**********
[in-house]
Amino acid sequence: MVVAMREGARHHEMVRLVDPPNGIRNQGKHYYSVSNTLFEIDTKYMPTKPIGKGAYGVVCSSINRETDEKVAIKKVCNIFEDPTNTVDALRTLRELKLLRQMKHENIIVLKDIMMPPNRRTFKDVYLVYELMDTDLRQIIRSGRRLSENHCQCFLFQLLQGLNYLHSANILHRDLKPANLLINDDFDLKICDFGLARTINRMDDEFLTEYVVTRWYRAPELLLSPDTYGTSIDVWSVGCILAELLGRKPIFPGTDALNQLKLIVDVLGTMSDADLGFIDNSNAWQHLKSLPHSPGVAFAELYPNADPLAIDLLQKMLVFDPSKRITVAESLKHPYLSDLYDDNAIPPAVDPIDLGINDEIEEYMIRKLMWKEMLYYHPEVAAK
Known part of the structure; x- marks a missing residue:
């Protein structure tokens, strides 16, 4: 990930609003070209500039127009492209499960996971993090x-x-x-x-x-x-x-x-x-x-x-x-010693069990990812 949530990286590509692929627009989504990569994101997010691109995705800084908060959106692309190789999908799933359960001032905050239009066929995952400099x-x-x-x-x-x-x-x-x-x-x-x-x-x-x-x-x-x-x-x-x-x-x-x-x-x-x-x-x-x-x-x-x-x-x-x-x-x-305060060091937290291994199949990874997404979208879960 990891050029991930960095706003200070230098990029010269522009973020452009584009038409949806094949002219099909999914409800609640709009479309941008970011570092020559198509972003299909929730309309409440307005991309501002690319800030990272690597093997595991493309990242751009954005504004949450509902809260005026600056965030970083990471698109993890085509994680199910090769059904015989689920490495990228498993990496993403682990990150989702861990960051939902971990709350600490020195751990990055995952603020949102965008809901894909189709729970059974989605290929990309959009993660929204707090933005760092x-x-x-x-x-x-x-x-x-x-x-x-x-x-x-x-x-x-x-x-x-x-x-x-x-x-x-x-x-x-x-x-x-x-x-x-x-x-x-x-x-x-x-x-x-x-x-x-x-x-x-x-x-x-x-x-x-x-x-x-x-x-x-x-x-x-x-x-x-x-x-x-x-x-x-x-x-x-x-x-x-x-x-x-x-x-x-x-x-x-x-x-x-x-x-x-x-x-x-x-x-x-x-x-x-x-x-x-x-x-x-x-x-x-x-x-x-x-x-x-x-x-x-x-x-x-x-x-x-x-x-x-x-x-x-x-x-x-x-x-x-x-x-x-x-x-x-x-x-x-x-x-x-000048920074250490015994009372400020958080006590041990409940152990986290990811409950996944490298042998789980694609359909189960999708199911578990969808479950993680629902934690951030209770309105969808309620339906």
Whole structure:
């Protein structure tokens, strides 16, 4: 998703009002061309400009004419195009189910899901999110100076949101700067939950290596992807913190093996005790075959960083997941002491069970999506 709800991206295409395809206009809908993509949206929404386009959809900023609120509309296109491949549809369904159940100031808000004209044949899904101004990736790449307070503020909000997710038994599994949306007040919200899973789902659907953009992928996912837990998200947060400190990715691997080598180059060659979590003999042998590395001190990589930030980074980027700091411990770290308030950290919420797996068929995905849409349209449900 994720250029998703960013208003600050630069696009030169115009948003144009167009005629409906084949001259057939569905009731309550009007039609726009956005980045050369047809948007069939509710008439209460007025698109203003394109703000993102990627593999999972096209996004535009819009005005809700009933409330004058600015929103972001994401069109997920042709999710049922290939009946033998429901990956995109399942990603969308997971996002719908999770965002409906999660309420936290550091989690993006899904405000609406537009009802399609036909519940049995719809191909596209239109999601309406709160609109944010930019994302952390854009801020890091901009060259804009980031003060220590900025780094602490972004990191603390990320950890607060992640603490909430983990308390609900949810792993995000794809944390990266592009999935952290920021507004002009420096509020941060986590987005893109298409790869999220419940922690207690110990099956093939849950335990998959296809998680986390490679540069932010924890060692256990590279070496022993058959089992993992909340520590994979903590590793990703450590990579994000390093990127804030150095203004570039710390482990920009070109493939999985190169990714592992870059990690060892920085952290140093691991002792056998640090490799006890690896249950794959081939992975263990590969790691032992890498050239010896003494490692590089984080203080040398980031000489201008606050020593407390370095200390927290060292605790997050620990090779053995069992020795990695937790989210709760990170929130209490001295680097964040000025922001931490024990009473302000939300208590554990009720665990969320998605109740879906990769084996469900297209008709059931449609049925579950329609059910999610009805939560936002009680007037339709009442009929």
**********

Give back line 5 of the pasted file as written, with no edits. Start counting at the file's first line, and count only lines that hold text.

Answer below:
Whole structure: